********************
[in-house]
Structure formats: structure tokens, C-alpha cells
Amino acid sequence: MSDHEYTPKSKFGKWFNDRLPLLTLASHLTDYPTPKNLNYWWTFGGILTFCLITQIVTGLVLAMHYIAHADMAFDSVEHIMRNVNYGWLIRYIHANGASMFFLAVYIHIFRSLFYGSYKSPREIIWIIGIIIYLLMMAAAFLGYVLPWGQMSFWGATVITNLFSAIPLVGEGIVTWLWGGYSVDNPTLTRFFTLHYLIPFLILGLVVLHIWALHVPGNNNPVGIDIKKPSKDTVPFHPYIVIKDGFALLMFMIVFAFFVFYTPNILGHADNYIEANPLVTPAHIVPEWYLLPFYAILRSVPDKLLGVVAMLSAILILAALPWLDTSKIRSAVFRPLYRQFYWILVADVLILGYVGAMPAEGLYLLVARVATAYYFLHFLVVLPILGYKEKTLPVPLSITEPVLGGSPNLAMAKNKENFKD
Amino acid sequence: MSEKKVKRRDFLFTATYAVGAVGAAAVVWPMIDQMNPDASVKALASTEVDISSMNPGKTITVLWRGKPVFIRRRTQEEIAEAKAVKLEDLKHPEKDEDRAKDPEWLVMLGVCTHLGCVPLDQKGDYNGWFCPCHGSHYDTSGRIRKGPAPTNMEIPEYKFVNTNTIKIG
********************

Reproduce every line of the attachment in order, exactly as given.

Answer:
[in-house]
Structure formats: structure tokens, C-alpha cells
Amino acid sequence: MSDHEYTPKSKFGKWFNDRLPLLTLASHLTDYPTPKNLNYWWTFGGILTFCLITQIVTGLVLAMHYIAHADMAFDSVEHIMRNVNYGWLIRYIHANGASMFFLAVYIHIFRSLFYGSYKSPREIIWIIGIIIYLLMMAAAFLGYVLPWGQMSFWGATVITNLFSAIPLVGEGIVTWLWGGYSVDNPTLTRFFTLHYLIPFLILGLVVLHIWALHVPGNNNPVGIDIKKPSKDTVPFHPYIVIKDGFALLMFMIVFAFFVFYTPNILGHADNYIEANPLVTPAHIVPEWYLLPFYAILRSVPDKLLGVVAMLSAILILAALPWLDTSKIRSAVFRPLYRQFYWILVADVLILGYVGAMPAEGLYLLVARVATAYYFLHFLVVLPILGYKEKTLPVPLSITEPVLGGSPNLAMAKNKENFKD
Amino acid sequence: MSEKKVKRRDFLFTATYAVGAVGAAAVVWPMIDQMNPDASVKALASTEVDISSMNPGKTITVLWRGKPVFIRRRTQEEIAEAKAVKLEDLKHPEKDEDRAKDPEWLVMLGVCTHLGCVPLDQKGDYNGWFCPCHGSHYDTSGRIRKGPAPTNMEIPEYKFVNTNTIKIG